Why is the stage so frightening to a number of people? Many people are immobilized by stage fright. But did you know that it is something you can control? It can even work for you.
Stage fright is a normal feeling of nervousness or dread prior to a performance in front of an audience. It is really up to you to look at stage from a different perspective. Remember, it is not unusual to be scared. At least 90 percent of performers feel the same way. What gives you the edge is preparation. In fact, the fear of messing up will motivate you to work on and practice your performance until it becomes second nature and almost effortless.
Here are tips to avoid stage panic attack:
Practice. This is the single best way to gain confidence in order to control stage fright. Start working early. It is necessary to have a head start by practicing weeks ahead of the performance. Know your lines, speech, music, actions, gestures, steps, etc…and when you’re tired of practicing, practice slowly.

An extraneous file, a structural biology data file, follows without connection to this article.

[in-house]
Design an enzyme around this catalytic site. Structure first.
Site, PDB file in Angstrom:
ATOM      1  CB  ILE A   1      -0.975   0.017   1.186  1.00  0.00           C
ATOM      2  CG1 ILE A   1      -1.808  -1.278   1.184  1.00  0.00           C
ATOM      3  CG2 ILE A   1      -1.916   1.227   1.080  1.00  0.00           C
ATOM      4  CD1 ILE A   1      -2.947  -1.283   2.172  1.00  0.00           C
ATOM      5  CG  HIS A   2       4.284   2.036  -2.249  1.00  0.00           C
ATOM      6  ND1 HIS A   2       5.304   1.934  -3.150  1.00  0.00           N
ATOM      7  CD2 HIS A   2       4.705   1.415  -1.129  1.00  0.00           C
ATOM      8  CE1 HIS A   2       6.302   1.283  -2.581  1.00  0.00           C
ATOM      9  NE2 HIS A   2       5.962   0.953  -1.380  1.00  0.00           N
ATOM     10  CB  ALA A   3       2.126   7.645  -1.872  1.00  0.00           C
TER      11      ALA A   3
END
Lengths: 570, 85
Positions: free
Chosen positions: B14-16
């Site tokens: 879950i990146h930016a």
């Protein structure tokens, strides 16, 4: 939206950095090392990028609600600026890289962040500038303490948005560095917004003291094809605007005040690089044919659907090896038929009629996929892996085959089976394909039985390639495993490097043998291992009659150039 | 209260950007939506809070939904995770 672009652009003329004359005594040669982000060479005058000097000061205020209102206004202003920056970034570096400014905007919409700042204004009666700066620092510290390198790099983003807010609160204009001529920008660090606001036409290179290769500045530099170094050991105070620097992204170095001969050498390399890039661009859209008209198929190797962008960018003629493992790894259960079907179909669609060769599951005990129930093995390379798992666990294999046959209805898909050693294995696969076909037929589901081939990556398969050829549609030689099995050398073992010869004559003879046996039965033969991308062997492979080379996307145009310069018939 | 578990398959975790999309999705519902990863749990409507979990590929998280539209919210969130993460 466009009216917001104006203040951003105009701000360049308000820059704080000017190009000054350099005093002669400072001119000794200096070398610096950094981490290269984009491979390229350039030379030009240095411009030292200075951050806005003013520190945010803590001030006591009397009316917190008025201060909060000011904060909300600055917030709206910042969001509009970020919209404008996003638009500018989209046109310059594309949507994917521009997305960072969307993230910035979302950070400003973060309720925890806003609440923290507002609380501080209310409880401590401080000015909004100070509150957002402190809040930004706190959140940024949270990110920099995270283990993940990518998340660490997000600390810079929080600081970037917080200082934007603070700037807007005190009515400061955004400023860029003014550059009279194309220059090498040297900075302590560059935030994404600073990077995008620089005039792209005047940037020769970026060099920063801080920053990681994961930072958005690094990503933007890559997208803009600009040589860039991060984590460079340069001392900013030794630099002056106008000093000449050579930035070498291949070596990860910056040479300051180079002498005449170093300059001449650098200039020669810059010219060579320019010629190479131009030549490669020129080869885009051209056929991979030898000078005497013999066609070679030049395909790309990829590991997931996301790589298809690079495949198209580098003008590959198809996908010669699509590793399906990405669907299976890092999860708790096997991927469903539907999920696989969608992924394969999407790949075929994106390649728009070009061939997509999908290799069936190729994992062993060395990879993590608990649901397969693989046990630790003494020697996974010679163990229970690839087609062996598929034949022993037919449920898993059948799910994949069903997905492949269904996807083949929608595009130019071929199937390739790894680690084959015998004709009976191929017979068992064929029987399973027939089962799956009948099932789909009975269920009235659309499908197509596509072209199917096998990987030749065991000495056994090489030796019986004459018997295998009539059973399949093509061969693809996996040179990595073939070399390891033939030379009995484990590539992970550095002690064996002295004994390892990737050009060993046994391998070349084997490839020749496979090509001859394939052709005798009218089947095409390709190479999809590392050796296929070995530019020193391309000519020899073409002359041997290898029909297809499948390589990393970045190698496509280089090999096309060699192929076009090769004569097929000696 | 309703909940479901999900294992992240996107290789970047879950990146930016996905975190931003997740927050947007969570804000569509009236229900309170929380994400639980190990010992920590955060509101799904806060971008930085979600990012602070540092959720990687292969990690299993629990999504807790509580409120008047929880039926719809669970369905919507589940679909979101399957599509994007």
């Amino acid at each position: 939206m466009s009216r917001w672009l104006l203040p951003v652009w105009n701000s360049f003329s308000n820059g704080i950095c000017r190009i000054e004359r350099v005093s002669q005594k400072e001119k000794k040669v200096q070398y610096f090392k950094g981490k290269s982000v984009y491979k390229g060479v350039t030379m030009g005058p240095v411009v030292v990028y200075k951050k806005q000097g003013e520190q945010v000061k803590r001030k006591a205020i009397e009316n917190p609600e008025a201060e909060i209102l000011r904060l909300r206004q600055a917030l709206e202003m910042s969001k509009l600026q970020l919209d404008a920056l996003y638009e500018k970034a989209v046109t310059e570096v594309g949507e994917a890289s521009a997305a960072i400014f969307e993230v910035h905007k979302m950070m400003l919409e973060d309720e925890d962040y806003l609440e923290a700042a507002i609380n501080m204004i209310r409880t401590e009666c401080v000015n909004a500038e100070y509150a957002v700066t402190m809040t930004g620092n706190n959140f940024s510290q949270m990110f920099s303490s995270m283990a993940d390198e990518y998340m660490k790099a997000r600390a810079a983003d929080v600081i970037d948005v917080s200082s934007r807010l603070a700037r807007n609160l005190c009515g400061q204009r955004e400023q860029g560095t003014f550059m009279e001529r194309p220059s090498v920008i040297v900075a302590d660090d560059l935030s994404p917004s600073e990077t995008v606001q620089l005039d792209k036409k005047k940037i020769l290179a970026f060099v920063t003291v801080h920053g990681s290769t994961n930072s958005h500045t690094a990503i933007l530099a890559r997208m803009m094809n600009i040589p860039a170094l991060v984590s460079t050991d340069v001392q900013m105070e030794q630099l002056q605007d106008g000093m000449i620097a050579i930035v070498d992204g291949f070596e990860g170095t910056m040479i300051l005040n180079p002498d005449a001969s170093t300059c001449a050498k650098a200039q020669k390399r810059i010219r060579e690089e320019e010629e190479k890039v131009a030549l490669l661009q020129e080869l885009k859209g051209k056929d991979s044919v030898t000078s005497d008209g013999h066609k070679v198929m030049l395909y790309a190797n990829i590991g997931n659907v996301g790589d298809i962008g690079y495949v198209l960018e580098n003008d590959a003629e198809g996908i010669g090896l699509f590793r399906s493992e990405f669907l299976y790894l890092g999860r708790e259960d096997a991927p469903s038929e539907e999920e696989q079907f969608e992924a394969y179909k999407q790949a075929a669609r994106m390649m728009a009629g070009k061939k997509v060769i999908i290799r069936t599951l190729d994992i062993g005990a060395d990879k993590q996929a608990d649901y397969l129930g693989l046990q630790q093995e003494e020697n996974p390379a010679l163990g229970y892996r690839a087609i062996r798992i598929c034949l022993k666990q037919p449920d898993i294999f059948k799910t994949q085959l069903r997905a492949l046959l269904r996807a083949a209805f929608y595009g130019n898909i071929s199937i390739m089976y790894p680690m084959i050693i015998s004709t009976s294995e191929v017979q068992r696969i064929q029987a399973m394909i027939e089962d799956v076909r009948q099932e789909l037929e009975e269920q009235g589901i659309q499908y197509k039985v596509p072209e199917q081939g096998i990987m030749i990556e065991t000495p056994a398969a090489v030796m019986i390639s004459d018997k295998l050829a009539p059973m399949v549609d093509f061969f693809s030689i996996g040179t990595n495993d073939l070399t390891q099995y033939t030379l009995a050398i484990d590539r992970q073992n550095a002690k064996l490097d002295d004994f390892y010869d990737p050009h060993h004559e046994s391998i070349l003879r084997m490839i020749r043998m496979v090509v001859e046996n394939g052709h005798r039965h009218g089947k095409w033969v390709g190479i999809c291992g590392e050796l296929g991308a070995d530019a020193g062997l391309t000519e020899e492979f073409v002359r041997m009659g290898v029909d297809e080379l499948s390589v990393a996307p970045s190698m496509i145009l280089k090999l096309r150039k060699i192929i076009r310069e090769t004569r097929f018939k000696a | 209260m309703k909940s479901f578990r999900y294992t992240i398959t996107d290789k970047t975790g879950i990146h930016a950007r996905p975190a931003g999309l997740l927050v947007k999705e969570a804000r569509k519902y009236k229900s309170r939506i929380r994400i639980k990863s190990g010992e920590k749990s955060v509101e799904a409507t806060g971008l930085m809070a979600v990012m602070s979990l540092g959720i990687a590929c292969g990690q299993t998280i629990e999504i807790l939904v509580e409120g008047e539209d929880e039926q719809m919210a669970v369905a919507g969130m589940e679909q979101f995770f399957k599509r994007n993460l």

Use positive self-talk. Stop thinking “I’m going to fail; I’m not going to make it.” Motivate yourself with positive thoughts often and everywhere, during class, while eating, when you awake, before going to sleep. Whenever you feel like saying or thinking “I can’t” replace it with “I can and I will.”
Use your imagination. Picture yourself giving a flawless performance. Watch the audience nod in approval, smile, and applaud. Listen to the fantastic compliments. Instead of imagining yourself making a mistake, practice well and soon you’ll witness that positive scene in your mind take place in reality.
Perform to a smaller audience. Rehearse in front of a mirror. If you’re going to sing or do a speech, you need to hear yourself saying or singing the words properly. Same is applicable if you’re playing an instrument. Later, ask your family and friends watch you perform.